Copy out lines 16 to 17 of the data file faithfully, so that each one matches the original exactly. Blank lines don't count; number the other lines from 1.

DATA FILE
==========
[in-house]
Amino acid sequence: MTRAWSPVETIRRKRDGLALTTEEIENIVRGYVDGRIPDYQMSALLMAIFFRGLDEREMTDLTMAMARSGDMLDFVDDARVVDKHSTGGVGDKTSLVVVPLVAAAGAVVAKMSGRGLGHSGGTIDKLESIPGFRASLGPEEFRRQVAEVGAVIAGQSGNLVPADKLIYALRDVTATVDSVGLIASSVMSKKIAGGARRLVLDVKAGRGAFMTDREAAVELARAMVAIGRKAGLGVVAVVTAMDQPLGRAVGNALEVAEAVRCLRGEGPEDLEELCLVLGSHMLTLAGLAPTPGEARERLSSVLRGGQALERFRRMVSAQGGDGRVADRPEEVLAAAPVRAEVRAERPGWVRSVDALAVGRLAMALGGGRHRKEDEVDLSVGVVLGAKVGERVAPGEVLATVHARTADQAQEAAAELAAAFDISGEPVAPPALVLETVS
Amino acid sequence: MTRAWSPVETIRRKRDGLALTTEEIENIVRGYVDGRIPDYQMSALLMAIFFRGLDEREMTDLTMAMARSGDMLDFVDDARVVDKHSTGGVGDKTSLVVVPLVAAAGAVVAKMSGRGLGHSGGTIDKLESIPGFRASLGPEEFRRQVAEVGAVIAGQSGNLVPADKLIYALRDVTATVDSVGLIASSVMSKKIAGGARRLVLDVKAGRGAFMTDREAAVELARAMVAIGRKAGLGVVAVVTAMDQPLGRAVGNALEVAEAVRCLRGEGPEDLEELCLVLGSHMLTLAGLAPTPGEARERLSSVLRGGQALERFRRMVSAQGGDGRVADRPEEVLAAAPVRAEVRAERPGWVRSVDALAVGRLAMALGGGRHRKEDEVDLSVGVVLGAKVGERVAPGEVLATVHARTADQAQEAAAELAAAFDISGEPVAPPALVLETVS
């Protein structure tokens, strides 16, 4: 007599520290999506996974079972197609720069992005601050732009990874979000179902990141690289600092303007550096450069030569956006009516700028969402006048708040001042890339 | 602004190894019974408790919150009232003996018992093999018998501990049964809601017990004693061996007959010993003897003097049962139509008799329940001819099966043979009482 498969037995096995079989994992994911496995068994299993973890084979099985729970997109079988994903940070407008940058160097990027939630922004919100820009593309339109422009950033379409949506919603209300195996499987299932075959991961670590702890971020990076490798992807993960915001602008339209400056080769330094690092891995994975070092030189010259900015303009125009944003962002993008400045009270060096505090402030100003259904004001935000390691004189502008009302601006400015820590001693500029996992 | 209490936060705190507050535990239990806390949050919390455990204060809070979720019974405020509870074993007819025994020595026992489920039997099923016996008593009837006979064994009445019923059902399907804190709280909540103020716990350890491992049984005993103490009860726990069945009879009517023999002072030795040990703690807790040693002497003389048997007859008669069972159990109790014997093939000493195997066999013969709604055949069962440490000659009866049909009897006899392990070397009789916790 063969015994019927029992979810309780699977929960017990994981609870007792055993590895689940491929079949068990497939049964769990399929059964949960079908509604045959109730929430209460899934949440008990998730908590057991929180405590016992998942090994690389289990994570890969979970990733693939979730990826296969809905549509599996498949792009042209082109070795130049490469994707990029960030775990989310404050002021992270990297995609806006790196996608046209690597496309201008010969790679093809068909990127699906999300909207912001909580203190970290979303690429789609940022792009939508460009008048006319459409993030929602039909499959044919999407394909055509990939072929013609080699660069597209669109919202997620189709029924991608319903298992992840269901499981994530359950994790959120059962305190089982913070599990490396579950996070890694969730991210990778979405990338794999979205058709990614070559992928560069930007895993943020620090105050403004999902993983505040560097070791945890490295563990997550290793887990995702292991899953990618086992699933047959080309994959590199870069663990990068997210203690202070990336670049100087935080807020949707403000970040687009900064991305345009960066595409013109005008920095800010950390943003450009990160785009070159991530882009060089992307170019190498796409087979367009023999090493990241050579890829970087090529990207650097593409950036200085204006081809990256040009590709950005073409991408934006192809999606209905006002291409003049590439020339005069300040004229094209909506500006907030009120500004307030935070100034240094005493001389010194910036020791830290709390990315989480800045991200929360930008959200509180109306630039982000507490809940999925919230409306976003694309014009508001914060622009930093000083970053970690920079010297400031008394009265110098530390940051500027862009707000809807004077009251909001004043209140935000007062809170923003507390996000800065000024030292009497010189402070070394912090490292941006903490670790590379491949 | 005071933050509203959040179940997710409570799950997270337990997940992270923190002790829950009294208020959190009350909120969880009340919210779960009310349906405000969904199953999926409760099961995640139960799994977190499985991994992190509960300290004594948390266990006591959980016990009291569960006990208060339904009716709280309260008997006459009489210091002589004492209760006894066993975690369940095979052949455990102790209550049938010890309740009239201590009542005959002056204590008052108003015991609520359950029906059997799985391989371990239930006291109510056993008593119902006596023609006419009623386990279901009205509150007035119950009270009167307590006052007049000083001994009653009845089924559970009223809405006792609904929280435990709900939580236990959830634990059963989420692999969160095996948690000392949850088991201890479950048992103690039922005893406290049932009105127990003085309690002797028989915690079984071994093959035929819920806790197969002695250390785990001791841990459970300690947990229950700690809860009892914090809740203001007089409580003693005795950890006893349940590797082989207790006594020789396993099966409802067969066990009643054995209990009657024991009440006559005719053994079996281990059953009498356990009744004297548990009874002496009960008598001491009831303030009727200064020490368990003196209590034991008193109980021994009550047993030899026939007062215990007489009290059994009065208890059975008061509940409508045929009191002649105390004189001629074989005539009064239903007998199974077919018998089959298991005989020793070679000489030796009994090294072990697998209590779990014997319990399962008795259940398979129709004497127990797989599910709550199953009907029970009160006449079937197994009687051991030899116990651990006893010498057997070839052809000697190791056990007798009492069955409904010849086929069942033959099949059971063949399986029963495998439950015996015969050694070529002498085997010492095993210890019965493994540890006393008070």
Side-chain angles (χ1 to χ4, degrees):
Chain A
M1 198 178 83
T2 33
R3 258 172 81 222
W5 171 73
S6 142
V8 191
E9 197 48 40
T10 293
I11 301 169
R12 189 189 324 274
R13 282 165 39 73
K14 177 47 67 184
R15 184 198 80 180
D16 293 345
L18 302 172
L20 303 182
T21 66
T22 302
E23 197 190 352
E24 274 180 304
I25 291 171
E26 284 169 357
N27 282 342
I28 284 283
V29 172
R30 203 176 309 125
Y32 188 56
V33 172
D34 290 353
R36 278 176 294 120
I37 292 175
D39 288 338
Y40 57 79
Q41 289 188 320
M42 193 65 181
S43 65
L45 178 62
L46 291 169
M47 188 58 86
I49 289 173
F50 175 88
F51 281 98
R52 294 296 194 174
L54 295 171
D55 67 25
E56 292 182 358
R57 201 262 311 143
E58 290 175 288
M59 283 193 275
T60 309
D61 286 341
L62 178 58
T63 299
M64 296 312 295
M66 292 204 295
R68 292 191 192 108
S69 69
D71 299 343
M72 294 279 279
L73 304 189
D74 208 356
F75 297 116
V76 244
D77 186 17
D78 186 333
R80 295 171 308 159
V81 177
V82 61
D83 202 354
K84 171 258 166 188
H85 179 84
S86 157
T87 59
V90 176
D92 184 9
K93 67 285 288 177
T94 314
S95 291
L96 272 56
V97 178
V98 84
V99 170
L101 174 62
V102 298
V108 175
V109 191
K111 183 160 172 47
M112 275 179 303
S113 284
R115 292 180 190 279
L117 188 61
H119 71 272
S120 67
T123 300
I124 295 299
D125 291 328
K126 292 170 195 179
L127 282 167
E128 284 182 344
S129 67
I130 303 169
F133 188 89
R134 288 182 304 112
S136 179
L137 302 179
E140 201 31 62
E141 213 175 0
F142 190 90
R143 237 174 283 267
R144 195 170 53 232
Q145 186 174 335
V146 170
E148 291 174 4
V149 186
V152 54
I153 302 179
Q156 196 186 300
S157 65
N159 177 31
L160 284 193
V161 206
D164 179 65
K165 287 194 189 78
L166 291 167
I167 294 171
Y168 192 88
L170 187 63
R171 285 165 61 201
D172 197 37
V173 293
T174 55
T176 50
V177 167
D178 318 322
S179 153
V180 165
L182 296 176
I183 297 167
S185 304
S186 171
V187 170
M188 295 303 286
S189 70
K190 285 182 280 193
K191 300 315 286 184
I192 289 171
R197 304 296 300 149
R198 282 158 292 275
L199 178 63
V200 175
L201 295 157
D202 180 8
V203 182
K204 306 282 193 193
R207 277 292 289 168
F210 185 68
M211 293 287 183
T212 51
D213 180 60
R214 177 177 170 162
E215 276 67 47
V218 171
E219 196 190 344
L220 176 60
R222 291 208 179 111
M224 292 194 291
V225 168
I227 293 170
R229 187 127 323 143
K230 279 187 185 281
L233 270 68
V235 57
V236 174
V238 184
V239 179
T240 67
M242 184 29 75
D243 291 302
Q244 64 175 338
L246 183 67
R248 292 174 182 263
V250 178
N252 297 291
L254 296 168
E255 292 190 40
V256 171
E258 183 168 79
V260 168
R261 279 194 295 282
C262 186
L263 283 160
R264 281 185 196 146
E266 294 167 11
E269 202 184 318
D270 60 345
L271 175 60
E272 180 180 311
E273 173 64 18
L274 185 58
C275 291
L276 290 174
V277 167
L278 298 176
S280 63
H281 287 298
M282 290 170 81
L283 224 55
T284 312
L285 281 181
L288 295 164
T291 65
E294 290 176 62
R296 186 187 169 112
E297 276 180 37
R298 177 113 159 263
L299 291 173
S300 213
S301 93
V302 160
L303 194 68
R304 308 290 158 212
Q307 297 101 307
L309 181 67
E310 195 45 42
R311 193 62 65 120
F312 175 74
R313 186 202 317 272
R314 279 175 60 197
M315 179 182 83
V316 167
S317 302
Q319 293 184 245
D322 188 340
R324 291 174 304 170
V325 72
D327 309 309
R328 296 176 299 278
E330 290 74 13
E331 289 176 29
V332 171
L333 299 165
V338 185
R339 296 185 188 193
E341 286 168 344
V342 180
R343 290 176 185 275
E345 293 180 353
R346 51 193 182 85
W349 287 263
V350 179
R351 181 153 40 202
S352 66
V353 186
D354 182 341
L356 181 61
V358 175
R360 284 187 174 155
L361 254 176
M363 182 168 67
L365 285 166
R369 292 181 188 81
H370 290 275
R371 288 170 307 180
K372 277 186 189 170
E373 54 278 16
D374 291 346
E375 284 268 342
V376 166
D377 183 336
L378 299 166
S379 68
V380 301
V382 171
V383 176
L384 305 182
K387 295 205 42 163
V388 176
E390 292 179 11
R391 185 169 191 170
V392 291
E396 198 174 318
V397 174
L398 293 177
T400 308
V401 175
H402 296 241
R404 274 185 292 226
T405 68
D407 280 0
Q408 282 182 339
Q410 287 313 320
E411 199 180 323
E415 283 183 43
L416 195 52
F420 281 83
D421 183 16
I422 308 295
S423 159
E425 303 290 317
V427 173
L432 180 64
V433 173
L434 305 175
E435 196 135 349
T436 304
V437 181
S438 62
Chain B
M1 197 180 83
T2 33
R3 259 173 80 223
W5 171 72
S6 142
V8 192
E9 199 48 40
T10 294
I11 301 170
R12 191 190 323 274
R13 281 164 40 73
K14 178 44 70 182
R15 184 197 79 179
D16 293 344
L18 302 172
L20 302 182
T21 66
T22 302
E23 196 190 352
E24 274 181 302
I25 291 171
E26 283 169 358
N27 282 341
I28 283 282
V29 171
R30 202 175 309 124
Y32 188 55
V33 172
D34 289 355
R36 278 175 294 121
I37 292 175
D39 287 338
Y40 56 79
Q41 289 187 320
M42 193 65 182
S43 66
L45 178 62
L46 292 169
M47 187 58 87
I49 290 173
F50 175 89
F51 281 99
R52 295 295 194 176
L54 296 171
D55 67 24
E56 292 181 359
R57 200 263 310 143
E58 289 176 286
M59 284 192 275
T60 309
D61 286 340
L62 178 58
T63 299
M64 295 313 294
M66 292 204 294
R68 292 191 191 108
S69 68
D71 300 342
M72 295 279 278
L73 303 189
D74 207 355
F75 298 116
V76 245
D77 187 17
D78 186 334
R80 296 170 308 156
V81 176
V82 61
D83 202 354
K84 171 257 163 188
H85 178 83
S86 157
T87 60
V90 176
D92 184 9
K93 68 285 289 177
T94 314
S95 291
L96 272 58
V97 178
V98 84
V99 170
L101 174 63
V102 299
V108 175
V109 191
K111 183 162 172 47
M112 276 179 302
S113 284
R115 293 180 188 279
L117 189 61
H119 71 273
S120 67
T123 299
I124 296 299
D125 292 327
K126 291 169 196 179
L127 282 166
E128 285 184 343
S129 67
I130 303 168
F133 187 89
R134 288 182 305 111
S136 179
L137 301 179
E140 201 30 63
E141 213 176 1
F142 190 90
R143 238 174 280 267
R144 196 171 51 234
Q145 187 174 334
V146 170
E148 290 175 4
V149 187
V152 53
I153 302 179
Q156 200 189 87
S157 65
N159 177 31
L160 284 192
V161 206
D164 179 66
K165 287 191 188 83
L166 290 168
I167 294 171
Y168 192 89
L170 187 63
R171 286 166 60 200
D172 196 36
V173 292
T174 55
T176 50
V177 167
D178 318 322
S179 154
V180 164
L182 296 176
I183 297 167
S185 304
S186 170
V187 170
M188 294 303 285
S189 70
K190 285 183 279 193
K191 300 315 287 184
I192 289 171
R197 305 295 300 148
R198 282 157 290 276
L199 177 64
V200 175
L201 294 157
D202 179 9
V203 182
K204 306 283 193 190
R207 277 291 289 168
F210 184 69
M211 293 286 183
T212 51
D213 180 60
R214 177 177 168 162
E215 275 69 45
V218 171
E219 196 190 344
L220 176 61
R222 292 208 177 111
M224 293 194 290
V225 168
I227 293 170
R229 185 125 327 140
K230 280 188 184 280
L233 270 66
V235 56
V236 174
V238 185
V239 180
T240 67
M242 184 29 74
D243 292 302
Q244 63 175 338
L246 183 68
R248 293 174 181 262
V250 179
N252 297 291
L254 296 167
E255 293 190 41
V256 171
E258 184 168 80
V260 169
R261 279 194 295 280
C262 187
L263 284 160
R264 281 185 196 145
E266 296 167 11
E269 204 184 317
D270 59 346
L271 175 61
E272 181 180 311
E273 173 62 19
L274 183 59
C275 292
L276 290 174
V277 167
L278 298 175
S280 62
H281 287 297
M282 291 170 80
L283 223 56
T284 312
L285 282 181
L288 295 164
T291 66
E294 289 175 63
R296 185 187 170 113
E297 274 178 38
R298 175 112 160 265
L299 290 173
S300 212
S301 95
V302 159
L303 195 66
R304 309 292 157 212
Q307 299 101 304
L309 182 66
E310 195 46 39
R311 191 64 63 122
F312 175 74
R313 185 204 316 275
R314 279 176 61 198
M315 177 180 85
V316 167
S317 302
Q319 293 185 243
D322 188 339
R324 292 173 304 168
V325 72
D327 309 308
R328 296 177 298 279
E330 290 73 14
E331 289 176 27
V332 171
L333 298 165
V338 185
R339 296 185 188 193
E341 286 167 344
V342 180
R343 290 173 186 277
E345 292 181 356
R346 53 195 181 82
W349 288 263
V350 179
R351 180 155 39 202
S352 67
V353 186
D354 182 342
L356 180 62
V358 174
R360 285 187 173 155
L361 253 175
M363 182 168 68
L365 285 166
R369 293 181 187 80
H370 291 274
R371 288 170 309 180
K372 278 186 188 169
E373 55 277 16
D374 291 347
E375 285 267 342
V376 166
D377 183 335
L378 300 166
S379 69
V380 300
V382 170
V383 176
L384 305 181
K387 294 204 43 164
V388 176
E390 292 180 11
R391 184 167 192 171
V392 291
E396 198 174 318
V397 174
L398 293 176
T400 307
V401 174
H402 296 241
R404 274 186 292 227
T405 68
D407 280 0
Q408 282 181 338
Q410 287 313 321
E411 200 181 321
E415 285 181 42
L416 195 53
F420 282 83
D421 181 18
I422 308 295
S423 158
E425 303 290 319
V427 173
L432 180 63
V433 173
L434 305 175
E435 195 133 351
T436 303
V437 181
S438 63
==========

R12 189 189 324 274
R13 282 165 39 73